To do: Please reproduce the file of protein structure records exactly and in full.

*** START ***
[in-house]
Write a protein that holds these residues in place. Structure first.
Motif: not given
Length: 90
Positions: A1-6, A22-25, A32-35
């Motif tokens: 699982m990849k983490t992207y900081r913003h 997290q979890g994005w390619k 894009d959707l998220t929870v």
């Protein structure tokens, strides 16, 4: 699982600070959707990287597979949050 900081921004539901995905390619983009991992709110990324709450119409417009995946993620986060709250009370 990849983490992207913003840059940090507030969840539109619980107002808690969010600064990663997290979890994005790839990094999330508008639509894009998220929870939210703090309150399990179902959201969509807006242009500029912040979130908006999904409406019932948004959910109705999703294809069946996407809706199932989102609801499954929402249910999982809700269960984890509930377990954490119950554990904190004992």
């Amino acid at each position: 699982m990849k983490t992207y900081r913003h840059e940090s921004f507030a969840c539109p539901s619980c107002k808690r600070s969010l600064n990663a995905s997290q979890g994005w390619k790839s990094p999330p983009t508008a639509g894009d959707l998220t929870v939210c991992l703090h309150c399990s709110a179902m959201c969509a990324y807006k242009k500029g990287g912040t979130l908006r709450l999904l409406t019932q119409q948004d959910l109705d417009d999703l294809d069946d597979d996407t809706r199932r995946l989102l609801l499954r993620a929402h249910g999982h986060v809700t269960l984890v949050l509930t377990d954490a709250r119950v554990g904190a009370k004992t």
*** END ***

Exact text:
[in-house]
Write a protein that holds these residues in place. Structure first.
Motif: not given
Length: 90
Positions: A1-6, A22-25, A32-35
């Motif tokens: 699982m990849k983490t992207y900081r913003h 997290q979890g994005w390619k 894009d959707l998220t929870v």
């Protein structure tokens, strides 16, 4: 699982600070959707990287597979949050 900081921004539901995905390619983009991992709110990324709450119409417009995946993620986060709250009370 990849983490992207913003840059940090507030969840539109619980107002808690969010600064990663997290979890994005790839990094999330508008639509894009998220929870939210703090309150399990179902959201969509807006242009500029912040979130908006999904409406019932948004959910109705999703294809069946996407809706199932989102609801499954929402249910999982809700269960984890509930377990954490119950554990904190004992």
């Amino acid at each position: 699982m990849k983490t992207y900081r913003h840059e940090s921004f507030a969840c539109p539901s619980c107002k808690r600070s969010l600064n990663a995905s997290q979890g994005w390619k790839s990094p999330p983009t508008a639509g894009d959707l998220t929870v939210c991992l703090h309150c399990s709110a179902m959201c969509a990324y807006k242009k500029g990287g912040t979130l908006r709450l999904l409406t019932q119409q948004d959910l109705d417009d999703l294809d069946d597979d996407t809706r199932r995946l989102l609801l499954r993620a929402h249910g999982h986060v809700t269960l984890v949050l509930t377990d954490a709250r119950v554990g904190a009370k004992t």